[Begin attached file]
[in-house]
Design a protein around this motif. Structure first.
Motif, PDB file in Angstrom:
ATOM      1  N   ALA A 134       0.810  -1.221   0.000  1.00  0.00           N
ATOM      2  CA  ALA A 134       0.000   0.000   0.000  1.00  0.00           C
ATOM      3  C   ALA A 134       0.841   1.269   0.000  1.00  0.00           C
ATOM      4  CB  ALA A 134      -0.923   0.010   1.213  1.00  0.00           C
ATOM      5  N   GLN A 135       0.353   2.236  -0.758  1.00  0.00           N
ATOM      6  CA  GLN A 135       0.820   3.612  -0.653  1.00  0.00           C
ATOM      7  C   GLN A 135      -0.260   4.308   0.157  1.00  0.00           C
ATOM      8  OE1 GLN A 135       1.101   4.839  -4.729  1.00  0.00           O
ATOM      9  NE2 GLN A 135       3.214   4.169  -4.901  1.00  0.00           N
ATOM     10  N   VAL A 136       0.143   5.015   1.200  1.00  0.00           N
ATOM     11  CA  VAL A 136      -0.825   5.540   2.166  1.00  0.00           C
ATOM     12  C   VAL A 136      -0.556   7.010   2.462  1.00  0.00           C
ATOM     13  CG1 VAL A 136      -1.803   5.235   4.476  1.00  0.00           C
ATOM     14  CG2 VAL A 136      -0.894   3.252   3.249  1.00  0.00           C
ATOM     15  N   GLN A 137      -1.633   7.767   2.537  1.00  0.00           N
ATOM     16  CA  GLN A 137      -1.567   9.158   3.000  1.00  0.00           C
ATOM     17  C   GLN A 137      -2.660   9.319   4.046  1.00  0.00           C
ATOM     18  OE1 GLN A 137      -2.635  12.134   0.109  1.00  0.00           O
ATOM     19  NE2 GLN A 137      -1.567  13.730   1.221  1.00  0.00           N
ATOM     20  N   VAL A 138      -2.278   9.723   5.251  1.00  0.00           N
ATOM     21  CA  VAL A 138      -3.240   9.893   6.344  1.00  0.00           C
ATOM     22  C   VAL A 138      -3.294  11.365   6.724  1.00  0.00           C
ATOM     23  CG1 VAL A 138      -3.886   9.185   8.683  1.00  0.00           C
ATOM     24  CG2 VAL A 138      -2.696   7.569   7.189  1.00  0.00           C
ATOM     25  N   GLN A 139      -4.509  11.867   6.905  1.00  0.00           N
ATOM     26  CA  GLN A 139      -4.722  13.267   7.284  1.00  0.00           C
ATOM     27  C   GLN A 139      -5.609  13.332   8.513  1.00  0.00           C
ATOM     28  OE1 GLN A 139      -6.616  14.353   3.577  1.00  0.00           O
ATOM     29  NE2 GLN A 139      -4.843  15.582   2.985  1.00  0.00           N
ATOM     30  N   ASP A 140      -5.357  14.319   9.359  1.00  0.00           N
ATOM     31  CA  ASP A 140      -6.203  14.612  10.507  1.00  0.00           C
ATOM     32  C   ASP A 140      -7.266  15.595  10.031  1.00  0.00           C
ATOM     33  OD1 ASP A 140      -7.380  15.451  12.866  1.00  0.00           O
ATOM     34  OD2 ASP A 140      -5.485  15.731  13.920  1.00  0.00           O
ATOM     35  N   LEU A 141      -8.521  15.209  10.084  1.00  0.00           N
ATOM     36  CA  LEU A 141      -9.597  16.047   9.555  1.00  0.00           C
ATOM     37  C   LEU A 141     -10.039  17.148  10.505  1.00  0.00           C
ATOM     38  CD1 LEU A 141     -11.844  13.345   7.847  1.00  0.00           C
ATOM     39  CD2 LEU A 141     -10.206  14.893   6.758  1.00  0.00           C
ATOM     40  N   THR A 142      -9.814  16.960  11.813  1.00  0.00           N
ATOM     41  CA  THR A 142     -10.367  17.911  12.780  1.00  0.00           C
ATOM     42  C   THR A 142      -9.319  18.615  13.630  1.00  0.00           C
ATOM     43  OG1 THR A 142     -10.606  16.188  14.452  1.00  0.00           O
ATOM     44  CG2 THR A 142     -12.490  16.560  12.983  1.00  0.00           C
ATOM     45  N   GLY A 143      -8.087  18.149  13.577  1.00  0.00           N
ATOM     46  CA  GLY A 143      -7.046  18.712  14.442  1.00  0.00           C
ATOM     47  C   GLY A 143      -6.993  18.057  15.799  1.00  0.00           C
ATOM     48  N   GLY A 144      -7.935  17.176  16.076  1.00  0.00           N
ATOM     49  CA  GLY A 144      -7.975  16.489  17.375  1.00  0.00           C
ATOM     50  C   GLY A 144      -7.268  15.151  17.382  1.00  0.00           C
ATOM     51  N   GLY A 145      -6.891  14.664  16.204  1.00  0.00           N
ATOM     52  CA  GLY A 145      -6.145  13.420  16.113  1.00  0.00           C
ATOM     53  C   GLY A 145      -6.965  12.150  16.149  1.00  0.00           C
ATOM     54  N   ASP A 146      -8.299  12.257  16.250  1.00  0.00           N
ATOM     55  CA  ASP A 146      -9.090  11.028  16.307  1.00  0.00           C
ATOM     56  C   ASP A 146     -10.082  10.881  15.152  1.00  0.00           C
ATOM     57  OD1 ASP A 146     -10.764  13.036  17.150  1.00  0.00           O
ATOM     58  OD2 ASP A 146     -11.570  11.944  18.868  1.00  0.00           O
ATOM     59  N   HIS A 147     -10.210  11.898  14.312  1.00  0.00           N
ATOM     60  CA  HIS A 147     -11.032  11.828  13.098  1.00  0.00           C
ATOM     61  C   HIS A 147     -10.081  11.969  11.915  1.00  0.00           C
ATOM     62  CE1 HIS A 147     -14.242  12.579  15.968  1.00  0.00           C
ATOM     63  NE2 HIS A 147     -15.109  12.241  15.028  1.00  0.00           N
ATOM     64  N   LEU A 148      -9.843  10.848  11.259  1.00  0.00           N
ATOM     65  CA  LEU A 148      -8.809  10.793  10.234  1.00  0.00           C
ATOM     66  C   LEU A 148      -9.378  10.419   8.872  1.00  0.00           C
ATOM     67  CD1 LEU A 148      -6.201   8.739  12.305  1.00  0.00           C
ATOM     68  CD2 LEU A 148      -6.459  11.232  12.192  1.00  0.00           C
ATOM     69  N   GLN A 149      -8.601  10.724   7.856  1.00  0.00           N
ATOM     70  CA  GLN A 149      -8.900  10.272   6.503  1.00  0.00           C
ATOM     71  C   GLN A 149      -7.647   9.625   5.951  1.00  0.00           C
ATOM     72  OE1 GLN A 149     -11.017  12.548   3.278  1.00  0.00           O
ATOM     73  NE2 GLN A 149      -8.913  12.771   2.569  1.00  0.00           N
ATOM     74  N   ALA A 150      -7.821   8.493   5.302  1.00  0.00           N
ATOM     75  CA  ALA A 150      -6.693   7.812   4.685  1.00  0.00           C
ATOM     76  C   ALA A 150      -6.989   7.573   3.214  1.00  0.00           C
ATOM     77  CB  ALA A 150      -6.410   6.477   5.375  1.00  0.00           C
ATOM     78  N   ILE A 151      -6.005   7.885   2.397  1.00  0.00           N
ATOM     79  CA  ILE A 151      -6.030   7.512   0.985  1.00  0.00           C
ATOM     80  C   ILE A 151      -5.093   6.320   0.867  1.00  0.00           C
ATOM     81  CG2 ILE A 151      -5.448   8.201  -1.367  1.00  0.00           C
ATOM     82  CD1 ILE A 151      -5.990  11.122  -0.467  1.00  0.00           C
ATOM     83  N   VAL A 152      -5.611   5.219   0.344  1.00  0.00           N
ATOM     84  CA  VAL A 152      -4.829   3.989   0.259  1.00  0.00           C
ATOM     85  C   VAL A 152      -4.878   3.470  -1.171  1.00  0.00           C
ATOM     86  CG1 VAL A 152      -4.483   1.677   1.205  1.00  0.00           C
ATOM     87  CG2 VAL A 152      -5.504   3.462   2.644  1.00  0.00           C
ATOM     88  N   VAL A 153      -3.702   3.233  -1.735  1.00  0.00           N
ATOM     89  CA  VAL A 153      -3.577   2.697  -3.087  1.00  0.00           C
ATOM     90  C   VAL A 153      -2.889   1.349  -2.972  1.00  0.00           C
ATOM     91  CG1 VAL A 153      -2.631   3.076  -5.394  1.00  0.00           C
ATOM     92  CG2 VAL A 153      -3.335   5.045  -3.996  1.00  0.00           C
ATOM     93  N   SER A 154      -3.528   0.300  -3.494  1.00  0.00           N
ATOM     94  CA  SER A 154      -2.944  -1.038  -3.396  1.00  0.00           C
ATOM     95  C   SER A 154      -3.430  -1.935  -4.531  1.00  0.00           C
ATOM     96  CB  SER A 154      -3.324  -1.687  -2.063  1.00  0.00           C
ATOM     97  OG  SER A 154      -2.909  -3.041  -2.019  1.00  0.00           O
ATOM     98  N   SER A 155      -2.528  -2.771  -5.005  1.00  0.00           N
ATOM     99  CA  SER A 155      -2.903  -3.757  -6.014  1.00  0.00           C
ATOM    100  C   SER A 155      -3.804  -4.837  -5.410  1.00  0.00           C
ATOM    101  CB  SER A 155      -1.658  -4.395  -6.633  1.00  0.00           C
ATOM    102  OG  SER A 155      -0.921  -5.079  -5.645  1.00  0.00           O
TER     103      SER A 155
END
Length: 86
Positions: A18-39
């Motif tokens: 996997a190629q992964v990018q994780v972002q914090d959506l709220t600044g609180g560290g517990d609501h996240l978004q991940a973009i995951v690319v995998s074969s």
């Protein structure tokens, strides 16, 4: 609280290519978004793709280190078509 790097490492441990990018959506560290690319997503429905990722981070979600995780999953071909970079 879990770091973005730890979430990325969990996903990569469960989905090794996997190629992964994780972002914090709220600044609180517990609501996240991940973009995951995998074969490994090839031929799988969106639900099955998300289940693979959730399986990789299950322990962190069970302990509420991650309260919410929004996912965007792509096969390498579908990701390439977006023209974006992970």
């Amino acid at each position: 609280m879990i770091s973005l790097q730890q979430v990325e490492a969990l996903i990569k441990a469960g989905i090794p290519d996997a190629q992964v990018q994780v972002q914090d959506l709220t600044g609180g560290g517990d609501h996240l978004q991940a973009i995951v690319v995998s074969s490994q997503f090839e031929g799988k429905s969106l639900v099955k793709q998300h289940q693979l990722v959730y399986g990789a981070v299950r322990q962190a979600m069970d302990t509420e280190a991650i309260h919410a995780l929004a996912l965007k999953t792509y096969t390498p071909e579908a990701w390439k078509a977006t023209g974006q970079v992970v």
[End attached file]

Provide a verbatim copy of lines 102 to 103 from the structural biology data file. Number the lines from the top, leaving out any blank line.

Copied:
ATOM     99  CA  SER A 155      -2.903  -3.757  -6.014  1.00  0.00           C
ATOM    100  C   SER A 155      -3.804  -4.837  -5.410  1.00  0.00           C